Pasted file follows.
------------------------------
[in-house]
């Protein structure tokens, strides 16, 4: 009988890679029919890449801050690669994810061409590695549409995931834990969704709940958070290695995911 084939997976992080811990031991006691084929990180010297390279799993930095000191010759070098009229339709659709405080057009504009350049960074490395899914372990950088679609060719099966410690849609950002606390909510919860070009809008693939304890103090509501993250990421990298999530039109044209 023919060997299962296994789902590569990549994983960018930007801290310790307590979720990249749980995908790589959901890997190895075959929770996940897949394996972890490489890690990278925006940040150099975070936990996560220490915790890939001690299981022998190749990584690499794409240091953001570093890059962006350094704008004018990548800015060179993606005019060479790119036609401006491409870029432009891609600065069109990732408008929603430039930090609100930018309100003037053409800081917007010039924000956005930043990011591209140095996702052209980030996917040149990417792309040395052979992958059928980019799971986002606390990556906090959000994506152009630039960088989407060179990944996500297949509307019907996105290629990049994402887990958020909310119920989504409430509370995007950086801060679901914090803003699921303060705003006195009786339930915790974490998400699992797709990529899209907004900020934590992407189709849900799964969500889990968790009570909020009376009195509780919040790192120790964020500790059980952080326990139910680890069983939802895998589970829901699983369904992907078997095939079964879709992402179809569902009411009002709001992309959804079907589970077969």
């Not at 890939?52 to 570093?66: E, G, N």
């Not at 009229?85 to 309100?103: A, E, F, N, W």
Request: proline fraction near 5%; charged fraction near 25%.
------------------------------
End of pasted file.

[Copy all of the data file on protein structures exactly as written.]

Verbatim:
[in-house]
């Protein structure tokens, strides 16, 4: 009988890679029919890449801050690669994810061409590695549409995931834990969704709940958070290695995911 084939997976992080811990031991006691084929990180010297390279799993930095000191010759070098009229339709659709405080057009504009350049960074490395899914372990950088679609060719099966410690849609950002606390909510919860070009809008693939304890103090509501993250990421990298999530039109044209 023919060997299962296994789902590569990549994983960018930007801290310790307590979720990249749980995908790589959901890997190895075959929770996940897949394996972890490489890690990278925006940040150099975070936990996560220490915790890939001690299981022998190749990584690499794409240091953001570093890059962006350094704008004018990548800015060179993606005019060479790119036609401006491409870029432009891609600065069109990732408008929603430039930090609100930018309100003037053409800081917007010039924000956005930043990011591209140095996702052209980030996917040149990417792309040395052979992958059928980019799971986002606390990556906090959000994506152009630039960088989407060179990944996500297949509307019907996105290629990049994402887990958020909310119920989504409430509370995007950086801060679901914090803003699921303060705003006195009786339930915790974490998400699992797709990529899209907004900020934590992407189709849900799964969500889990968790009570909020009376009195509780919040790192120790964020500790059980952080326990139910680890069983939802895998589970829901699983369904992907078997095939079964879709992402179809569902009411009002709001992309959804079907589970077969």
């Not at 890939?52 to 570093?66: E, G, N």
């Not at 009229?85 to 309100?103: A, E, F, N, W």
Request: proline fraction near 5%; charged fraction near 25%.